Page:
The median salary for teachers in Erie and Niagara counties was more than $73,000 last year, a new analysis shows.
But salaries varied widely from one school district to the next and teachers in the region’s wealthiest communities don't necessarily earn the most money.
The median salary for teachers in Niagara Falls topped $93,000, which was the highest among the 37 school districts across the Buffalo Niagara region. That’s according to state data from the 2017-18 school year compiled by the Rockefeller Institute of Government, an Albany-based think tank.
“It’s not surprising because of the veteran staff we have,” said Mark Laurrie, superintendent for the Niagara Falls City School District.
West Seneca was not far behind with a median teacher salary of more than $91,000, followed by Lackawanna, Sweet Home and the Kenmore-Town of Tonawanda school districts – all of which had median salaries of more than $84,000.
Clarence and Williamsville were in the top third of median salaries. Lewiston-Porter, Frontier, Eden, Orchard Park and Hamburg fell in the middle of the pack. East Aurora, Amherst, Iroquois and Buffalo were among the bottom third.
Despite the differences, the researchers found teachers both here and across New York are compensated better or comparable to other workers from the region with bachelor’s or graduate degrees.
“Overall,” said Jim Malatras, director of the Rockefeller Institute, “salaries among teachers are doing quite well compared to those similar degree holders."
In Niagara Falls, teachers receive “quite a large jump” in salary after 17 years on the job, Laurrie explained, and more than 70 percent of the nearly 550 teachers in the district are at that stage of their careers.
“I don’t run from it,” Laurrie said of the salaries. “I think teachers in the poorer districts should get paid more.”
The Rockefeller Institute, the public policy research arm of the State University of New York, has been taking a closer look at teacher pay because it has become such a politically charged issue across the United States, Malatras said.
Teacher strikes have cropped up around the nation, in part over compensation, while teacher pay is already a topic in the 2020 presidential campaign. Presidential candidate and California Sen. Kamala Harris has proposed a raise – $13,500 – for public school teachers across the country.
The institute hopes its analysis can provide more context to the conversation not only by showing how much teachers are paid where, but how salaries relate to potential teacher shortages and student performance.
For critics, it feels more like a criticism of teachers and their salaries.
“I actually come at it from a different way,” Malatras said. “It’s something to be proud of that the state has put so much investment into education.”
“But how do you maximize achievement in this environment where you are investing so much?” said Malatras, noting per pupil spending in New York is way above the national average. “How do you take it to the next level to ensure investment is wisely spent?”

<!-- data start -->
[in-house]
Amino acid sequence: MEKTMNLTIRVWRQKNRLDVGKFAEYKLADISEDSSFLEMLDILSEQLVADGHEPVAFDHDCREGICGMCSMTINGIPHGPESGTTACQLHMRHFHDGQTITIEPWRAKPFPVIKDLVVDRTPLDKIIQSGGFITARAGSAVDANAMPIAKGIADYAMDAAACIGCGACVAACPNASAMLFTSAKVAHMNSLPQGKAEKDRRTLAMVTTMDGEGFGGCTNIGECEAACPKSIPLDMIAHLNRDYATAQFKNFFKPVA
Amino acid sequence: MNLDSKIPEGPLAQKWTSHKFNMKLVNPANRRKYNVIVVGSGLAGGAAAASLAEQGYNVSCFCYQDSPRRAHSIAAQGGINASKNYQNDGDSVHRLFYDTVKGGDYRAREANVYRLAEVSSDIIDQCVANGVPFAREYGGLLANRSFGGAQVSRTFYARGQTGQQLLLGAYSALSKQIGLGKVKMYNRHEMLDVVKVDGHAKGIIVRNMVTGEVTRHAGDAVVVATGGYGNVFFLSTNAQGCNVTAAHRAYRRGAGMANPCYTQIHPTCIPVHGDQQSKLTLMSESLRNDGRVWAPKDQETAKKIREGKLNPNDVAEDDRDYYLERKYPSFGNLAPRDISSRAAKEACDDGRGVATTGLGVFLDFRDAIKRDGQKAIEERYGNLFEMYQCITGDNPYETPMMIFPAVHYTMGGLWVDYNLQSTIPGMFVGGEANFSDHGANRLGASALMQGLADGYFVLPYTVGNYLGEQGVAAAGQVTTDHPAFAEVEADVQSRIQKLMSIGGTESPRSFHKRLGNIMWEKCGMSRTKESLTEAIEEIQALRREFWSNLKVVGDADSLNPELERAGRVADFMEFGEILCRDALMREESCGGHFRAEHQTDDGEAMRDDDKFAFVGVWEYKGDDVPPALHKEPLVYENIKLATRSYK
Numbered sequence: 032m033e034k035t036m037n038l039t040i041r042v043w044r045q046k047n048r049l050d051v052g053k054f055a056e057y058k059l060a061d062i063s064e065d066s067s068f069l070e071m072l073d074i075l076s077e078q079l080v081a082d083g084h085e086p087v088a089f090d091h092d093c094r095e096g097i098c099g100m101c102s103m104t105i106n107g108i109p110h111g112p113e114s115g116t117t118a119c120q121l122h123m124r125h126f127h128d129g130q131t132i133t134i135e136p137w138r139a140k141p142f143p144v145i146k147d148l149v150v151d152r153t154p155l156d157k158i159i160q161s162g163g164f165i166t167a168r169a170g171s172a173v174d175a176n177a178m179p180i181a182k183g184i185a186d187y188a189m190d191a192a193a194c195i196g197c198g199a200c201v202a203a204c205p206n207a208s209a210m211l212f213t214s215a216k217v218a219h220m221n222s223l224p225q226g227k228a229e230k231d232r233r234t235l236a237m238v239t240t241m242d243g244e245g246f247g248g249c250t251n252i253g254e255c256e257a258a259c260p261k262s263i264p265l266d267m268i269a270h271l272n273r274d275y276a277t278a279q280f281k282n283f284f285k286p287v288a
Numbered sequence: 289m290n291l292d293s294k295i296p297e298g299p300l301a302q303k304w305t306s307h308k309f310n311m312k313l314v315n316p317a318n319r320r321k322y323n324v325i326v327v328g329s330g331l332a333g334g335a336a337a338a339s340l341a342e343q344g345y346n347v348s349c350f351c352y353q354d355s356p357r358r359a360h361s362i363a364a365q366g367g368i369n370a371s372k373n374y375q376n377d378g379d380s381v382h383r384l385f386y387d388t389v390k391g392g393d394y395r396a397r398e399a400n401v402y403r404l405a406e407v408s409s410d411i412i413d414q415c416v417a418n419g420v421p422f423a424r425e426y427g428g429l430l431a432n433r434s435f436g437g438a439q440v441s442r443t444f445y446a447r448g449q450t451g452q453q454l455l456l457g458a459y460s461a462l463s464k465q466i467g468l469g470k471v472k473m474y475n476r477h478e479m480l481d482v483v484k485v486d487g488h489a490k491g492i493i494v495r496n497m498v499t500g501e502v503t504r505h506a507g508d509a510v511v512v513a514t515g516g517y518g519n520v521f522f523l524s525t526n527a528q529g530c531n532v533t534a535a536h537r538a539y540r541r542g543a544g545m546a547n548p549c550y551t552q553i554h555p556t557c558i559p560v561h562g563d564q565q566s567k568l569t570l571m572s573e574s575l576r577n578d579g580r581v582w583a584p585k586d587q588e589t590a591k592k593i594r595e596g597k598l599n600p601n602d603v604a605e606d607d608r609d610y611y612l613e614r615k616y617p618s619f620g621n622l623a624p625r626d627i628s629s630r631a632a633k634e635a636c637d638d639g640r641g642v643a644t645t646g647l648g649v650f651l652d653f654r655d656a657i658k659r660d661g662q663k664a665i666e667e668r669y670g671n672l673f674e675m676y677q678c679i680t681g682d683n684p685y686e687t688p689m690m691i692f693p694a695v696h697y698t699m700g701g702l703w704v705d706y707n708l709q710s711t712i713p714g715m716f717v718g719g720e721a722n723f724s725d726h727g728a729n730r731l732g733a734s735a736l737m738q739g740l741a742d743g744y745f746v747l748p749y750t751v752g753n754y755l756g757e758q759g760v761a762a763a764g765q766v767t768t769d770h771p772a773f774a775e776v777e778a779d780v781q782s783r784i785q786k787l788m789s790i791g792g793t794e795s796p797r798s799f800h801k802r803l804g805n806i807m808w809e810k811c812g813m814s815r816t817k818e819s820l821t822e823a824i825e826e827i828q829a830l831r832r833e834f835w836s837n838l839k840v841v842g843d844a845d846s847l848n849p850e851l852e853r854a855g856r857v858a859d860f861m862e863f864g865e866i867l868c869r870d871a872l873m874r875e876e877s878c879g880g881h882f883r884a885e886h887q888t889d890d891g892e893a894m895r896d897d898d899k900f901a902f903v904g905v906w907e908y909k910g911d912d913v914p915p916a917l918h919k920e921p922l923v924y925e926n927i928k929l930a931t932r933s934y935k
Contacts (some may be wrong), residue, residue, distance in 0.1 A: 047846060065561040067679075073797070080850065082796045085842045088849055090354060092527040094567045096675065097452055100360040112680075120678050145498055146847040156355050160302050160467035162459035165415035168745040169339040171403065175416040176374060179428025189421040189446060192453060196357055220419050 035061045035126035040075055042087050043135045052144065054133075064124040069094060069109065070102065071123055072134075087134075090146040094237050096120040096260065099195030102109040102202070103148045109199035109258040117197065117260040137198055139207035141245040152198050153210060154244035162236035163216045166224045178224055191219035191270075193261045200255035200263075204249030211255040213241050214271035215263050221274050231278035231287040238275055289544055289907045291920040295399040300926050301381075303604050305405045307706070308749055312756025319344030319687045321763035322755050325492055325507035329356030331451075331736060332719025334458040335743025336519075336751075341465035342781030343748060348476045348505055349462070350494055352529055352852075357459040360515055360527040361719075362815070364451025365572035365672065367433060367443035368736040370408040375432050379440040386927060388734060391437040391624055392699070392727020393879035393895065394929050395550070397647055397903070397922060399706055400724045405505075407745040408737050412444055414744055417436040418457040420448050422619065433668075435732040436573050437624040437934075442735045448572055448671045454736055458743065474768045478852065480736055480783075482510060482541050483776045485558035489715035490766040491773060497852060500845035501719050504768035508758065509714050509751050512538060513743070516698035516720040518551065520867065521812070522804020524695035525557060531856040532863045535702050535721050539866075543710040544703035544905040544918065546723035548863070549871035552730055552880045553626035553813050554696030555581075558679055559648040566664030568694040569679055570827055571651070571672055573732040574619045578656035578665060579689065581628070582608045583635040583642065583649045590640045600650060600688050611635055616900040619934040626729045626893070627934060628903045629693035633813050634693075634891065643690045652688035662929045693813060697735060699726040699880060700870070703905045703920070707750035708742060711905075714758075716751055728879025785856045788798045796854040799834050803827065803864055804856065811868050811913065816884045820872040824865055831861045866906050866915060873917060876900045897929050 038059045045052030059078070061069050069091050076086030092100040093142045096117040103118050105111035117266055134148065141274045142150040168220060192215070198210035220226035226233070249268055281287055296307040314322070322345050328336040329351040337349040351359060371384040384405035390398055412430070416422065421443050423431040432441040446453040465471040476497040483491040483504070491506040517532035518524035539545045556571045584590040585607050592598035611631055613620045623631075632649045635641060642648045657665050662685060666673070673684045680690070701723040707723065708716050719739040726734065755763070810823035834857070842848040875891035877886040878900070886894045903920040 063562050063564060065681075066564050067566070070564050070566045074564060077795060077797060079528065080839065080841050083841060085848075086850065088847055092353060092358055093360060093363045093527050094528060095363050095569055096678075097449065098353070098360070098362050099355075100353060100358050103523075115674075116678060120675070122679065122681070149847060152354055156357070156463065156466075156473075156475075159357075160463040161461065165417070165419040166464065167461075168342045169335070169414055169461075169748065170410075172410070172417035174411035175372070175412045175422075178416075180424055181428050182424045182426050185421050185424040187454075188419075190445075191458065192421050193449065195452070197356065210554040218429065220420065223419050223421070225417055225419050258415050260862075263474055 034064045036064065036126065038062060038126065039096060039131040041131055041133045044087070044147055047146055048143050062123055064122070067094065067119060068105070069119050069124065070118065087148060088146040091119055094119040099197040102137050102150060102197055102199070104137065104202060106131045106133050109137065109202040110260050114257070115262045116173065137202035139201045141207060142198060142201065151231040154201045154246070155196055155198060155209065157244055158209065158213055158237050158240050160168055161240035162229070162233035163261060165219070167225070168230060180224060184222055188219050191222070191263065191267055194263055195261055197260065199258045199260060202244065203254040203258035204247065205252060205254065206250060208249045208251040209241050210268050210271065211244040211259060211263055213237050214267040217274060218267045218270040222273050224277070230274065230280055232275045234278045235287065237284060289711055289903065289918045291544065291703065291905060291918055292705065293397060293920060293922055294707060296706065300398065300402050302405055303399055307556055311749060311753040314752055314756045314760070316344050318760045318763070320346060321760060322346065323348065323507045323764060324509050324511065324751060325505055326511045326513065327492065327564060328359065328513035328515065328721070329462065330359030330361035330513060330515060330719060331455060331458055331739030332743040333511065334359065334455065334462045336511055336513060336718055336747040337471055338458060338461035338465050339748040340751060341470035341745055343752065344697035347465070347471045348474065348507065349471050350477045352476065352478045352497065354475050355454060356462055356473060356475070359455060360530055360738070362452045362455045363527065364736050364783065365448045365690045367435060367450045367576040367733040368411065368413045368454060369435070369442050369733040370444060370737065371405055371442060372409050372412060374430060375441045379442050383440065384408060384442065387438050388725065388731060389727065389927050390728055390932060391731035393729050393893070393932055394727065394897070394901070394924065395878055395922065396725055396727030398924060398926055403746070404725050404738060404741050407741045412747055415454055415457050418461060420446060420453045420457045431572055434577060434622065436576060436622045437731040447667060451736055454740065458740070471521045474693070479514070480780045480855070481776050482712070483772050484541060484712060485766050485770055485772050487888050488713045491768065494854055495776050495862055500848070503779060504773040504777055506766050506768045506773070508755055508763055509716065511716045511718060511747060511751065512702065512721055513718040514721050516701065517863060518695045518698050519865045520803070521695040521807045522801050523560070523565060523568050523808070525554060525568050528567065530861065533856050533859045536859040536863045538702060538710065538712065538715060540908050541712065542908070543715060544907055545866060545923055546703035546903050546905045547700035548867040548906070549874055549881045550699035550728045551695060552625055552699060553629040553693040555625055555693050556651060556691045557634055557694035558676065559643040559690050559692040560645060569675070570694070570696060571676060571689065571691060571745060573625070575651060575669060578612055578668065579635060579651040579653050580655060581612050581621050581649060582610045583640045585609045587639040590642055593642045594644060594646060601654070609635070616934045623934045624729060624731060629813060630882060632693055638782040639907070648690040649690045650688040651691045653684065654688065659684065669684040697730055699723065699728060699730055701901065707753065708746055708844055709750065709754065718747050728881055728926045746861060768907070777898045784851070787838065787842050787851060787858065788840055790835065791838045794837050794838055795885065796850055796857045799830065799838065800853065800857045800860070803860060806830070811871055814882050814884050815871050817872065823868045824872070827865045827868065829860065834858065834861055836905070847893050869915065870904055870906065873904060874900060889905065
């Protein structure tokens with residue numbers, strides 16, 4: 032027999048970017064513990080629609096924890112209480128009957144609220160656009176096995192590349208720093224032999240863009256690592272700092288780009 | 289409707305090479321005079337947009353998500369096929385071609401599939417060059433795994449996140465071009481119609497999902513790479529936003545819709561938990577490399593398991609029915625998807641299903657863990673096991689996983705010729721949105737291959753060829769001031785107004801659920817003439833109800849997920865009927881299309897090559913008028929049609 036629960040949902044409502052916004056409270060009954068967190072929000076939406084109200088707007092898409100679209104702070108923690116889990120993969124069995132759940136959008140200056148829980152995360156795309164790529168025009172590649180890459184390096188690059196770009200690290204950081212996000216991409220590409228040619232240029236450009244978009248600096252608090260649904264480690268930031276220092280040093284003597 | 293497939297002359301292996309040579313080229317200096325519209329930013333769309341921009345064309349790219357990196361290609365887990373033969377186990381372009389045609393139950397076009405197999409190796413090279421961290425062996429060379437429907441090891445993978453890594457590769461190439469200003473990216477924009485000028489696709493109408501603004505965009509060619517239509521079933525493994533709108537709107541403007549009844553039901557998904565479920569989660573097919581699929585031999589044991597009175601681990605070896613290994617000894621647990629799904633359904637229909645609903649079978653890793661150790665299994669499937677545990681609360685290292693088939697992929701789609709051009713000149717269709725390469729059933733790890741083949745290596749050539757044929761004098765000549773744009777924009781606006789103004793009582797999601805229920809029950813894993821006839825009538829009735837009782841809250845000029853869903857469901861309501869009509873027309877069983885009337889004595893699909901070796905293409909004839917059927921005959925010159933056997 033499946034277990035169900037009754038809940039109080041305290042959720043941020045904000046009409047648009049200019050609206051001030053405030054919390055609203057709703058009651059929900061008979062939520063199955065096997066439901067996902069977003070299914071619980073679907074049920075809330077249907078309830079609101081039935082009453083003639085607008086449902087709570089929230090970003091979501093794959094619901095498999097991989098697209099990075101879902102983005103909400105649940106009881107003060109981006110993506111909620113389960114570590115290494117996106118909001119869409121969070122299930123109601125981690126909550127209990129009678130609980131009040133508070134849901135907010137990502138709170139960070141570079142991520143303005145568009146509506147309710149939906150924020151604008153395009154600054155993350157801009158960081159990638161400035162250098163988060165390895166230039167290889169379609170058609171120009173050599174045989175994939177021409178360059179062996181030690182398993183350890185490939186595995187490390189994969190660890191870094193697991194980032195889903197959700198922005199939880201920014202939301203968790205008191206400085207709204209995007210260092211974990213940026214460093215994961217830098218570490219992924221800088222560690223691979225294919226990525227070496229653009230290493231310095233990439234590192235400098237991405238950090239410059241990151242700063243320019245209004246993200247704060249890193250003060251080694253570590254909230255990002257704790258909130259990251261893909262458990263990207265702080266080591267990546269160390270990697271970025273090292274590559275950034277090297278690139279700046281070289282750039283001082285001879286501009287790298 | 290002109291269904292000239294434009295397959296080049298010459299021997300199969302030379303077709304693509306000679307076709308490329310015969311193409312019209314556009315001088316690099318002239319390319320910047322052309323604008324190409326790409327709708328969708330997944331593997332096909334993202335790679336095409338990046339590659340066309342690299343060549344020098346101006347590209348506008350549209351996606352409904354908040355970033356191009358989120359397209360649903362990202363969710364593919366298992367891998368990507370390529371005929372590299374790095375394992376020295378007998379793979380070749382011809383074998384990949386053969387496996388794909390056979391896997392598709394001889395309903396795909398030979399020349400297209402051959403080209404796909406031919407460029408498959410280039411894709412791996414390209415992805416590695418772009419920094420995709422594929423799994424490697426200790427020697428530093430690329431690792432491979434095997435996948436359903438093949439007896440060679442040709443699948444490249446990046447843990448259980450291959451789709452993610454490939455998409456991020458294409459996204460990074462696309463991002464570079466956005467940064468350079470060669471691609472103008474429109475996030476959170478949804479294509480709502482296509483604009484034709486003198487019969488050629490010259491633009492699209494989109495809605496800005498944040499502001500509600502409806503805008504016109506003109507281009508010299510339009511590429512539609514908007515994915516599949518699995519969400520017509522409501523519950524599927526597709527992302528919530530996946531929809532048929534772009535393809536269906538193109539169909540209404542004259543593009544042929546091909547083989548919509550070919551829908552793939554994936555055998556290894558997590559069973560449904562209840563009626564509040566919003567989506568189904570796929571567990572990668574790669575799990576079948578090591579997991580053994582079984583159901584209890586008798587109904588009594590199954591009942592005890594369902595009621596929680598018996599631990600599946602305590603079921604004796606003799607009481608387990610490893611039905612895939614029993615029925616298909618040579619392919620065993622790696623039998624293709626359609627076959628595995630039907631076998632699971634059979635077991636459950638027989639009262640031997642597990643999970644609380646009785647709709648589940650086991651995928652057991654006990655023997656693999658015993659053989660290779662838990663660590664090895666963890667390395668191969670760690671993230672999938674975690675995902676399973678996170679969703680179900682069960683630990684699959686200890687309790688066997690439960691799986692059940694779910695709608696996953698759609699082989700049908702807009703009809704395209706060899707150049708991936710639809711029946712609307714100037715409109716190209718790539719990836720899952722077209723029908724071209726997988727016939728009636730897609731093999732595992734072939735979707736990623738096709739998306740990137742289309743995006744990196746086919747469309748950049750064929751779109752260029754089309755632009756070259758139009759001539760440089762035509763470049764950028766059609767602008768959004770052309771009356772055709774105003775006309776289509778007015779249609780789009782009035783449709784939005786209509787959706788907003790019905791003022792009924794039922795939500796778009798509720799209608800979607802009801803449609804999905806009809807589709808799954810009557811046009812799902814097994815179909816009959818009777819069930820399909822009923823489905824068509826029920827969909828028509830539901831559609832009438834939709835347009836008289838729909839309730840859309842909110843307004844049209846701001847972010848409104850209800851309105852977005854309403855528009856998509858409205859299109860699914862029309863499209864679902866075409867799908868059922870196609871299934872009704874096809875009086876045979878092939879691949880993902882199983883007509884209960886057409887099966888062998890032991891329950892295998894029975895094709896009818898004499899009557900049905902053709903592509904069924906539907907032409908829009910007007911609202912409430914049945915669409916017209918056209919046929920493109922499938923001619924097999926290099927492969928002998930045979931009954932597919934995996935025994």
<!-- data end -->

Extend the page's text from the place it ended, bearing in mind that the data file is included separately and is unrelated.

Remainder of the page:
Analysis by the Rockefeller Institute showed that teachers in New York State, on average, earned $79,588 in 2017. That’s the highest in the nation. South Dakota, on average, had the lowest teacher salary – $42,450.
Spending on education in New York State remains high compared with other states. U.S. Census data show New York State spends more per pupil than any other state, a figure driven, in part, by teacher compensation, including salaries, benefits and pension contributions.
Like the Buffalo region, teacher salaries varied among the 668 school districts around the state, the research found. In Long Island, where the cost of living is higher, the median was more than $111,000 – nearly double the median salaries of teachers in the Finger Lakes region, the analysis showed.
Maybe most surprising, Malatras said, was that the highest median salaries weren’t always in the most affluent districts and the lowest salaries weren’t always in the poorest.
Why, exactly, still needs more study, but Malatras suspects the factors are more localized.
In Niagara Falls, for example, Laurrie said the jump in salary at step 17 serves as sort of an incentive for those who stick with the urban district.
On the flip side, Laurrie noted the school district has a residency requirement. Unless teachers were hired before 1993, they must live in the city, he said.
“I believe in that residency policy and we enforce it,” Laurrie said.
The lowest median salary among the region’s teachers was more than $57,500 in Holland, followed by Cheektowaga, Cleveland Hill, Lancaster, North Collins and Buffalo.
In fact, teachers in Buffalo, where the median was nearly $65,000, have a contract that expires this month.